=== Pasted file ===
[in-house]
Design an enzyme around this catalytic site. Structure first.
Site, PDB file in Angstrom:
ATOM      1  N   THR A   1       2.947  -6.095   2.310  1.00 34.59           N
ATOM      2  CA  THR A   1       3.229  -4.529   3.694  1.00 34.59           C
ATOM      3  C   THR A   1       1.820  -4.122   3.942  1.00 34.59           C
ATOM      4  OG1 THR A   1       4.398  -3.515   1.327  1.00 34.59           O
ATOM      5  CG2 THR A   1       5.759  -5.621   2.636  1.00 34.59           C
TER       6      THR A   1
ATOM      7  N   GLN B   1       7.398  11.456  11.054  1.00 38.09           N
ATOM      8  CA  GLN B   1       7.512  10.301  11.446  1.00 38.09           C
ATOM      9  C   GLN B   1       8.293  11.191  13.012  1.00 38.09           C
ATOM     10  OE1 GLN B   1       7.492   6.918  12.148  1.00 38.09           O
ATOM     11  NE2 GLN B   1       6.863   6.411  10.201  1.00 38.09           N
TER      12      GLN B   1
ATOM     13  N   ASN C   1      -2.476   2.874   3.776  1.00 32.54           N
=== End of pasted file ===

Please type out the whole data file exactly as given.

[in-house]
Design an enzyme around this catalytic site. Structure first.
Site, PDB file in Angstrom:
ATOM      1  N   THR A   1       2.947  -6.095   2.310  1.00 34.59           N
ATOM      2  CA  THR A   1       3.229  -4.529   3.694  1.00 34.59           C
ATOM      3  C   THR A   1       1.820  -4.122   3.942  1.00 34.59           C
ATOM      4  OG1 THR A   1       4.398  -3.515   1.327  1.00 34.59           O
ATOM      5  CG2 THR A   1       5.759  -5.621   2.636  1.00 34.59           C
TER       6      THR A   1
ATOM      7  N   GLN B   1       7.398  11.456  11.054  1.00 38.09           N
ATOM      8  CA  GLN B   1       7.512  10.301  11.446  1.00 38.09           C
ATOM      9  C   GLN B   1       8.293  11.191  13.012  1.00 38.09           C
ATOM     10  OE1 GLN B   1       7.492   6.918  12.148  1.00 38.09           O
ATOM     11  NE2 GLN B   1       6.863   6.411  10.201  1.00 38.09           N
TER      12      GLN B   1
ATOM     13  N   ASN C   1      -2.476   2.874   3.776  1.00 32.54           N